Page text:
Show simple item record

dc.contributor.advisorMcKinlay, Andyen
dc.contributor.authorSinclair, James B.en
dc.date.accessioned2010-08-10T11:13:40Z
dc.date.available2010-08-10T11:13:40Z
dc.date.issued2009-07-05
dc.identifier.urihttp://hdl.handle.net/1842/3575
dc.description.abstractMuch discursive research into identity has used students as participants but thus far none have focused exclusively on the ‘student identity’ itself. This study takes a discursive psychology approach to investigating this identity. Focus groups based upon a semi-structured questionnaire were carried out with students from a traditional academic university as the participants. The sessions were audio recorded, transcribed and then analysed, in the tradition of discursive psychology, for prominent discursive features in which the participants made relevant the ‘student identity’. It was found that a ‘lifestyle of freedom’ was used as a central feature of, and used to positively evaluate, the ‘student identity’. Furthermore this ‘lifestyle talk’ was utilised to carry out both explicitly egalitarian and explicitly prejudiced talk. The egalitarian talk concerned those at more vocational institutions and contained implicit prejudice suggesting the discursive strategy of a ’new studentism’. The prejudiced talk was concerned with those at the participants own university, or those at similar traditional academic universities, and appears to be orientated towards the participants avoiding being stereotyped themselves.en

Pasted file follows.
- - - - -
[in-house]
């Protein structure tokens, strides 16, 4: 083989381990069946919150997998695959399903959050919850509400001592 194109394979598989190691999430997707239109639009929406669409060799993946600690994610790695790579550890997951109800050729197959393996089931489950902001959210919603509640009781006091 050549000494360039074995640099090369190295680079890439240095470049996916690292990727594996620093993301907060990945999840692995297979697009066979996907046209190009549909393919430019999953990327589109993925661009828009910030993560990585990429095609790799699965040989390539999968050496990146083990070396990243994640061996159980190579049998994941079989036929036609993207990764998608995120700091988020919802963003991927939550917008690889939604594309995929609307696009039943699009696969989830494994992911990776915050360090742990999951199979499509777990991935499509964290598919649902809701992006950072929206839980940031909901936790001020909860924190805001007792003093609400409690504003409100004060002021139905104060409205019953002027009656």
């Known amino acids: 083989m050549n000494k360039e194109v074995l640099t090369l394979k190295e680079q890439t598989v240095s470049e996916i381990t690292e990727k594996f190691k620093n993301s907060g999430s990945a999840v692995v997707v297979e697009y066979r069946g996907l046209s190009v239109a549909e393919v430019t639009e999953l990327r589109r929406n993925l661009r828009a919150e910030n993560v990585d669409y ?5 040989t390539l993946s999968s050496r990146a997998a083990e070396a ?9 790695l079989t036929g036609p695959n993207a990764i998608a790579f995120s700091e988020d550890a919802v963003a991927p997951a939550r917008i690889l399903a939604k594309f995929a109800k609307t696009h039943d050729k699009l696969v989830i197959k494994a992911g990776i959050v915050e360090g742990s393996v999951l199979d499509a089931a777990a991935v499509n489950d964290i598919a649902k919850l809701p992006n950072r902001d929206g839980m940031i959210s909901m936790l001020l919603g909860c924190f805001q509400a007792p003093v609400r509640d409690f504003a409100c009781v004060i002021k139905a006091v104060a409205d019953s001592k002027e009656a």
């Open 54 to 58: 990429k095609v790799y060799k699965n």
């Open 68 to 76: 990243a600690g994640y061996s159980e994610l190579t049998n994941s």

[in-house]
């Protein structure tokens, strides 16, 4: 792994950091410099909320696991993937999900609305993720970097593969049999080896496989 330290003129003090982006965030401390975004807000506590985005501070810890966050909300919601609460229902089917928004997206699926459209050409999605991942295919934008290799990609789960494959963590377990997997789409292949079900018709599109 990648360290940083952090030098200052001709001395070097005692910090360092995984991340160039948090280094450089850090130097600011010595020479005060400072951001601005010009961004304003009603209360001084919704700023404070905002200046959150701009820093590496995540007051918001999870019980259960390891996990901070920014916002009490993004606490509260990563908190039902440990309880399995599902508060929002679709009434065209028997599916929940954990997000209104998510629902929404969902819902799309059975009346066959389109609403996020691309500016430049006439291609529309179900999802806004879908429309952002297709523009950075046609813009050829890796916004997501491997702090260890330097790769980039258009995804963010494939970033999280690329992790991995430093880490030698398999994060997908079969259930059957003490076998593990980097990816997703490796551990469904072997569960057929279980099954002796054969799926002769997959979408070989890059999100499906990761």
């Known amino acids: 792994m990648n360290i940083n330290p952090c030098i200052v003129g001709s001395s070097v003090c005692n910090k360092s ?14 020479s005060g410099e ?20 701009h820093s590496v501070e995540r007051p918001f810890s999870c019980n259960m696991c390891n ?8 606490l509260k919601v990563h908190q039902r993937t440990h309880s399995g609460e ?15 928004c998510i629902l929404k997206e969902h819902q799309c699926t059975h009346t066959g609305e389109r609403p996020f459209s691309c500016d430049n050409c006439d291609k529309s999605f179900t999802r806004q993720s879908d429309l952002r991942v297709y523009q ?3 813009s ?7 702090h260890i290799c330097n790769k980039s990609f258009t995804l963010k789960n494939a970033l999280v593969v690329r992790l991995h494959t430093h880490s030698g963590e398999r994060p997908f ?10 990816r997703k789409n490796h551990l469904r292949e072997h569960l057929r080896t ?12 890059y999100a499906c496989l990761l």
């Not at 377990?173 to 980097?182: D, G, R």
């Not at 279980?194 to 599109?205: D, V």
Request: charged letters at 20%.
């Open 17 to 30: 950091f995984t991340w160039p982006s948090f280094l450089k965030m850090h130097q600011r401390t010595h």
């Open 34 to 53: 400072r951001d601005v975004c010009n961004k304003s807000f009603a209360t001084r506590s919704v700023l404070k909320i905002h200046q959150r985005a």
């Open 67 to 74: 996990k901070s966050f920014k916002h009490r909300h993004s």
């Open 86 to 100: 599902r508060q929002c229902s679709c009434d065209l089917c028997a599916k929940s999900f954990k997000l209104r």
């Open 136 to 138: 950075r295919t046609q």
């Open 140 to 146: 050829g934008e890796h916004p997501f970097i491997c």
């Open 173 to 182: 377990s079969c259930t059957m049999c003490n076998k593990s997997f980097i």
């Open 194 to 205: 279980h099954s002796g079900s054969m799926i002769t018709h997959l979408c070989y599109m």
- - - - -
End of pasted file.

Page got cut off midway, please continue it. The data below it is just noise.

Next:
dc.language.isoen
dc.subjectstudent identityen
dc.subjectdiscourseen
dc.title"Actually thats so studenty, its so brideshead revisited!": A discursive approach to the 'student identity'en
dc.typeThesis or Dissertationen
dc.type.qualificationlevelUndergraduateen
dc.type.qualificationnameUndergraduateen
dcterms.accessRightsRestricted Accessen


Files in this item

This item appears in the following Collection(s)

Show simple item record